Develop empowering skills and multicultural awareness
The most important constituent of the You! Be the Judge in the Classroom experience is the freewheeling undirected expression of opinions by the students. If there is time only for this, You! Be the Judge has played an important role in developing a new awareness in the students of listening intently to diverse opinions and to develop their logical thinking of what is right, what is wrong, what is fair and what is unfair.
Note: For ESL or SSL, the teacher may wish to start the class with Preparation for ESL or SSL before continuing below.
Before Starting the Case
Before activating the media of choice, the teacher takes the monkey of "right or wrong" off the student's back.
"You're going to hear/watch/read a dramatization of a court case. There's going to be a conflict between two or more people. Then because they can't settle their problem by themselves, they land in court, and each one gives his or her argument to the judge. Right before the judge's decision, I am going to stop the player and I will ask each one of you what you think the decision should be. Now, I want you to remember one thing - THERE IS NO SUCH THING AS A RIGHT OR WRONG ANSWER. Always remember that in the U.S. Supreme Court in Washington, and the Canadian Supreme Court in Ottawa, there are nine Justices. And each one can come out with a different decision."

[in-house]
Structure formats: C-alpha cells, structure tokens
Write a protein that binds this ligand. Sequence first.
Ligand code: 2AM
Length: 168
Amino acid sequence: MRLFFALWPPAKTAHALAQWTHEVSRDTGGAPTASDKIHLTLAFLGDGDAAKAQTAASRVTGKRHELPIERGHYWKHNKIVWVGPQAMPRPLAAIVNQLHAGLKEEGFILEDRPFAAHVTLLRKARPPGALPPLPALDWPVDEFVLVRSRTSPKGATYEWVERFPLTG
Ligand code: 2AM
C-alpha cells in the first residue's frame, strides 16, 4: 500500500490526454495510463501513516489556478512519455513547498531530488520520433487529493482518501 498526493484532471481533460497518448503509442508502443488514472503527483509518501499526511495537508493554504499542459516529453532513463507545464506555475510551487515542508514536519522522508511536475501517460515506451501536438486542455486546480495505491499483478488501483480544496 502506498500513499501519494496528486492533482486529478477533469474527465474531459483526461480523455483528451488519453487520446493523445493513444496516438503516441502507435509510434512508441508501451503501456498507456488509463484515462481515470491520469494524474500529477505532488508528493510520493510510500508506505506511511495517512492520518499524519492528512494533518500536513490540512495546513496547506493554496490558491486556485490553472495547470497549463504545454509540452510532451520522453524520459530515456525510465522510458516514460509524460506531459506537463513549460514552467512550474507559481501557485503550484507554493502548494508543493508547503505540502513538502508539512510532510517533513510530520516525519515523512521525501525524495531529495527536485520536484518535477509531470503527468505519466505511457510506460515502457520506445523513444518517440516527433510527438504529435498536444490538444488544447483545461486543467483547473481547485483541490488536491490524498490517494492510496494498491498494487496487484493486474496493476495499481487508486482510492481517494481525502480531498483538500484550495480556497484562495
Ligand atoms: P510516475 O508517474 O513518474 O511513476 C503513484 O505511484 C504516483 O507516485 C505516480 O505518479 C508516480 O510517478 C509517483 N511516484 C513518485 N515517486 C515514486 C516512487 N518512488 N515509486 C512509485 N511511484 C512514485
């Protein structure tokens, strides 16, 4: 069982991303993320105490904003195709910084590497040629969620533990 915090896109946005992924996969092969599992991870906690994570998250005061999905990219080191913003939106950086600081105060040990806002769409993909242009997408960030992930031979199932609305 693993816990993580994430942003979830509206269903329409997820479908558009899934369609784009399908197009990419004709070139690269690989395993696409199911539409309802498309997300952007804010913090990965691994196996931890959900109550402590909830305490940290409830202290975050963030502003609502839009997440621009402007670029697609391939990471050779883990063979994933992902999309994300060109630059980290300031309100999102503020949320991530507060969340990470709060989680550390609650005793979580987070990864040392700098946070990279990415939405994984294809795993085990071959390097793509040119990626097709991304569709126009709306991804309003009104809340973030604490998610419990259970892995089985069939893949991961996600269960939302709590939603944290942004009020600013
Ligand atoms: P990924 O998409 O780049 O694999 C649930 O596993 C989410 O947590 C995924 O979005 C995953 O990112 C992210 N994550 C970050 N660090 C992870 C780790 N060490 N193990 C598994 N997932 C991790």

Listen, view and discuss
The teacher starts the media, but stops it right before the decision. The teacher then asks each student to be a judge and render his/her opinion of what they think the decision should be. It might be helpful to ask students for their individual opinions and then write each one on the flip chart of paper. Then the teacher can go through each opinion ask for a vote on how many agree.
Before the Decision
After eliciting the opinions of what the decision should be, but before letting the class hear the decision, the teacher says to the class, "You are now going to listen to the decision. Now it may or may not be the best way to settle the parties' differences. After you listen to the decision, I want you to think of how you would have decided the case so that everyone could have come out of court a winner." The class then listens to the decision.
After the Decision
The teacher asks each student for their opinion of an alternate win-win solution, or in the alternative, asking for opinions and writing them on the board.
Then the students debate the individual value of the different opinions. Here the teacher may use our 4 questions supplied with each case to help focus and widen the discussion.
Inviting Experts from the Community-At-Large
An exciting complement would entail the students taking the initiative to invite members of the community who can bring an expertise relevant to the case, and with whom the students can interact.